Wayzata is a premier suburb located 11 miles west of downtown Minneapolis. With a population of 4,500 people, Wayzata is a tight-knit community which is known for its vibrant downtown and picturesque setting on Lake Minnetonka. A popular destination for visitors, Wayzata’s downtown is home to a number of specialty shops, boutiques, professional services, and restaurants.

Monday, October 26, 2020

Cold COVID Concerns, Winter’s Challenges & Opportunities

Winter doesn’t officially begin until Dec. 21. But we’ve already had a taste of it – a cold, snowy mid-October dose.

Domed shelters outside Hotel Landing, Wayzata

And with colder weather comes greater concern about the spread of COVID-19.

It’s a pretty simple idea – folks who live in Wayzata or any other place in Minnesota generally spend more time outdoors when the weather is warmer. Of course, there are many outdoor enthusiasts who love the winter weather, but for the most part, Minnesotans spend more time inside when temperatures drop.

Spending more time indoors in small or larger gatherings lends itself to greater transmission of the disease. Also, similar viruses survive better in lower humidity which of course winter is known for. Finally, the holidays will present their own challenges – indoor family gatherings, potential travel, etc.

But let’s face it, we’ve stared down a lot of challenges in 2020 and we’ve marched on.

Hand washing, mask wearing, and other precautions have helped and will continue to help.

The Centers for Disease Control (CDC) has provided a guide for upcoming holiday celebrations. You can review that guide here:

The health of Wayzata’s business community is also something to watch. Sure, there have been some businesses that have closed shop and moved out, but there are others that have specifically chosen Wayzata as their new home. And the mainstays have weathered the storm – adjusting the way they do business to accommodate a new reality and keep serving their customers.

Back to the indoor/outdoor idea again. It’s tough to beat Wayzata on a warm, sunny day. But this community also has fantastic outdoor winter recreation choices. And this may just be the winter season you make that extra effort to put on an extra layer and get outside.

Soon Klapprich Park will transform from a baseball field and dog park to a skating and hockey rink. And down the road, once the ice depth of Lake Minnetonka is at a safe level, ice fishing and cross-country skiing will be an option.

The Wayzata Parks and Trails Board recently discussed potential outdoor winter activities on the newly constructed Lake Street park plaza.

Currently, the city of Wayzata is working with Hennepin County on a Business Assistance Grant in order to increase winter activity with outdoor dining spaces, events and programming.

During the last Parks and Trails Board meeting, members discussed potential outdoor activities for the plaza.

Some of the ideas floated were curling, watching sporting events on a large screen, bonfires, snow sculptures and music. Stay tuned on that.

Yes, there are reasons why there may be a COVID surge in the coming weeks. But we’ve had nearly nine months of preparation and plenty of opportunities to make outdoor recreation a safe option during the cold months ahead.

Eagles score 21 in 4th Quarter, Defense plays well as Trojans fall 36-13 to Eden Prairie

Hayden Davison tackles Eden Prairie QB David Warren-Mitchell.

 Your Wayzata Football Trojans have looked very good all season long in spite of an 0-3 record.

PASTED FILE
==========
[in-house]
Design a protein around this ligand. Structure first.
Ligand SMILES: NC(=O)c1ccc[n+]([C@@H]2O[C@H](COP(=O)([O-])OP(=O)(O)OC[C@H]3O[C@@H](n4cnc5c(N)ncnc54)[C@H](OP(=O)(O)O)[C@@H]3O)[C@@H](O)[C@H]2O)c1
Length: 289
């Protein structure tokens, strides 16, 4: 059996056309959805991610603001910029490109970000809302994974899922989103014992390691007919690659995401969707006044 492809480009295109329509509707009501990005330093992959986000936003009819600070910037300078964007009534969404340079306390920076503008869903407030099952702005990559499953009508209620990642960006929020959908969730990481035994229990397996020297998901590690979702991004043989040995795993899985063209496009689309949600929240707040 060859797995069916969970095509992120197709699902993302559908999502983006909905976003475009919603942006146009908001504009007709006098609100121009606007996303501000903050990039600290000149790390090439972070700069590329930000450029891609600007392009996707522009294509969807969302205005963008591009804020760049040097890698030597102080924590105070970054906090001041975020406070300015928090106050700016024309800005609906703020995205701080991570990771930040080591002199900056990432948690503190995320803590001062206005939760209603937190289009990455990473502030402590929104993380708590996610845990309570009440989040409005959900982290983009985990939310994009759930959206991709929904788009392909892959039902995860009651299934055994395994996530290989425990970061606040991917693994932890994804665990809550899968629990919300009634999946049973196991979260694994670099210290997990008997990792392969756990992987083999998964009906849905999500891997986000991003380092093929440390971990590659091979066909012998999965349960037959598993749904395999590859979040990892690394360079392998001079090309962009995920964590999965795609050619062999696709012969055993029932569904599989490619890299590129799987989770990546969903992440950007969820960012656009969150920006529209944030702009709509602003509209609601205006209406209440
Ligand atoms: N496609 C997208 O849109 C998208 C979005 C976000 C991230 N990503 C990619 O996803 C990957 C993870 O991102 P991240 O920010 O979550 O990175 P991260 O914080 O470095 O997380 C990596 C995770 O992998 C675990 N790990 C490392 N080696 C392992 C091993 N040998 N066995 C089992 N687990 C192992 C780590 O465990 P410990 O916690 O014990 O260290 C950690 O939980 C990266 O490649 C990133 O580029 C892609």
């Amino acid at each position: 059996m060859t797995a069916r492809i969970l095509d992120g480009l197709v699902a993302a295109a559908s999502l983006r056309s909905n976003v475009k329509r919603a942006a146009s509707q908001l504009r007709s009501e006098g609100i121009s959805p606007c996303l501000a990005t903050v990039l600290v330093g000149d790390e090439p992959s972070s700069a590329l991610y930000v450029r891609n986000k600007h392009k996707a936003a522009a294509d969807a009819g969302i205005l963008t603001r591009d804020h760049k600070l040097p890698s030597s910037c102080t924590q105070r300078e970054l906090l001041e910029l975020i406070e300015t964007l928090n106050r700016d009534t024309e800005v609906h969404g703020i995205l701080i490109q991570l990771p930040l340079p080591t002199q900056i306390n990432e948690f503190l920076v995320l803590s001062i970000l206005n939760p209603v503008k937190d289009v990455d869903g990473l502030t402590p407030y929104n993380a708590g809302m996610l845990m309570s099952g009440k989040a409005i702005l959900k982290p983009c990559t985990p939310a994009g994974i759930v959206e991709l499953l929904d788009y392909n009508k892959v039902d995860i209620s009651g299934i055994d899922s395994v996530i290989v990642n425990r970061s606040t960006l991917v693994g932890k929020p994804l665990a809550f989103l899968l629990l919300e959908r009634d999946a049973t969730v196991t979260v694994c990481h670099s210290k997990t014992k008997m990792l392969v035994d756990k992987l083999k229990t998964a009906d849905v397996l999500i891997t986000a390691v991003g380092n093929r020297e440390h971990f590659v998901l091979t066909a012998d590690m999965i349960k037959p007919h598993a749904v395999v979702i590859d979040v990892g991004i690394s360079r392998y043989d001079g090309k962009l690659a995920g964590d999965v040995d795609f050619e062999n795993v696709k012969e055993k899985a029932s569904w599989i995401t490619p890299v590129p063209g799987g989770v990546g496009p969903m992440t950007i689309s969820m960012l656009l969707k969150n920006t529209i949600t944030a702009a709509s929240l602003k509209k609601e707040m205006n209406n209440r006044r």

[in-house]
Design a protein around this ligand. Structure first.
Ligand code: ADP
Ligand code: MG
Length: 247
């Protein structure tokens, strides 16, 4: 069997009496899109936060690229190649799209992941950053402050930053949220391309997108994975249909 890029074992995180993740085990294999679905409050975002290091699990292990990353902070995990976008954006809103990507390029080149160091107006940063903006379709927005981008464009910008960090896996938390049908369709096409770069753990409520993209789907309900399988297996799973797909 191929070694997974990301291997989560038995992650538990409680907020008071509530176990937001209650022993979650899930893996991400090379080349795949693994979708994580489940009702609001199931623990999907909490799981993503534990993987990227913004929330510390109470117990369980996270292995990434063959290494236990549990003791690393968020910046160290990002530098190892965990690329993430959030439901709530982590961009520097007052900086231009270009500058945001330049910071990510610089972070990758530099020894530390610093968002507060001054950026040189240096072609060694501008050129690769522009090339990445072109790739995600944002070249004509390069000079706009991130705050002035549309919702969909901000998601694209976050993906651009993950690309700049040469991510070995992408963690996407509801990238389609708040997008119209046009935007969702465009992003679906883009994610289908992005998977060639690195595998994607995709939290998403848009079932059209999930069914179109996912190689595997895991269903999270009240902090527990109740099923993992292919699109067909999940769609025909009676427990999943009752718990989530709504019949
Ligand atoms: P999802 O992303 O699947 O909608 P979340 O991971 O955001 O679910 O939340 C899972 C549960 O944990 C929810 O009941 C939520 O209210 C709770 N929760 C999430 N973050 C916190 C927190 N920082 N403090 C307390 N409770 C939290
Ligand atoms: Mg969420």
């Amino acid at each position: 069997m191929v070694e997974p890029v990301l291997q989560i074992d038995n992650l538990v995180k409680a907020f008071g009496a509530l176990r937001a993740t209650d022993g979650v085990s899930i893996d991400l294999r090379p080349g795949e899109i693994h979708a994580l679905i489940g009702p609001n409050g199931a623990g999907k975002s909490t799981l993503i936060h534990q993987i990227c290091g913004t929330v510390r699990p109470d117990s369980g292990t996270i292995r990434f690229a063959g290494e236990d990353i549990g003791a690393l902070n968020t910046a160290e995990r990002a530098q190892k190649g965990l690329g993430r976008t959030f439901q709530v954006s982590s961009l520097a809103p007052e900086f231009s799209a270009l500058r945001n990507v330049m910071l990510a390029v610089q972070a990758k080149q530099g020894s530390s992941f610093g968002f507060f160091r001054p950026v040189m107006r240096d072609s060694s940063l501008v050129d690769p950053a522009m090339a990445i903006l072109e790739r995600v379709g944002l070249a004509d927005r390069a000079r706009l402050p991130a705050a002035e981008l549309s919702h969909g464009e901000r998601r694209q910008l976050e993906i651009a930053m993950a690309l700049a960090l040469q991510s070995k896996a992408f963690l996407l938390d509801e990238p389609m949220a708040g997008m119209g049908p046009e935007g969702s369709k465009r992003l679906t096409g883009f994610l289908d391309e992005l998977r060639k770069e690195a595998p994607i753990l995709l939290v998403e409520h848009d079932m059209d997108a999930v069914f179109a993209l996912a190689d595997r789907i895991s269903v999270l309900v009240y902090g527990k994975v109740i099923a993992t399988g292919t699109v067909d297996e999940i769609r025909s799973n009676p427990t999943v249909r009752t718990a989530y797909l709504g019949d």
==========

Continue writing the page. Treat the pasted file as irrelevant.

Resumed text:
Last Friday night they played Eden Prairie well enough to win until the 4th quarter when the Eagles scored 3 touch downs to put the game out of reach. The Trojans were plagued by turnovers and penalties which makes it difficult to win against good teams.

“The defense played well enough for us to win tonight, we just need to finish,” stated Head Coach Lambert Brown. He added, “We need to continue to get better, and that starts with me.”

Trojan QB Ryan Harvey completed 10 passes for 193 yards and 2 touchdowns and 1 interception. RB Anthony Richmond rushed 20 times for 85 yards. Receiver Julian Diedrich caught 6 passes for 96 yards and a TD, and Drew Berkland caught 2 passes for 65 yards and a TD.

The Trojans travel to Minnetonka (1-2) Friday. Pictures & more online:,,

Julian Diedrich celebrates a 46 yard reception for touchdown.

Thursday, October 22, 2020

Wayzata Schools Launch COVID-19 Dashboard

Wayzata Public Schools launched a COVID-19 Dashboard to track positive COVID-19 cases present in the schools and district buildings. 

The Wayzata Public Schools COVID-19 Dashboard has been created to track positive COVID-19 cases present in our district schools and buildings. The COVID-19 Dashboard, which can be found on the Wayzata Learns webpage, will be updated each Wednesday with new information from the previous week.


Positive cases will be reported when there have been 5 or more confirmed cases of COVID-19 in students or staff who were in the school or building during the past 7-day period. This is consistent with how the Minnesota Department of Health (MDH) is reporting school data and is being done to protect the health privacy of our staff and students. Schools with fewer than 5 new cases will be indicated with a "-" in the chart.

Monday, October 19, 2020

Sports Update: From the Notebook

Wayzata Football - The Trojans fell to 0-2 on the season after losing on the road to St. Michael-Albertville 21-14. Wayzata led late in the 3rd quarter after QB Ryan Harvey hit Wide Receiver Julian Diedrich for a touchdown to make it 14-7 Trojans. Two scores by the Knights, a 64 yard TD scamper by David Collins, and a 74 yard pass and catch from Jack Drobinski Knight running back Max Keefer proved too much for the Trojans.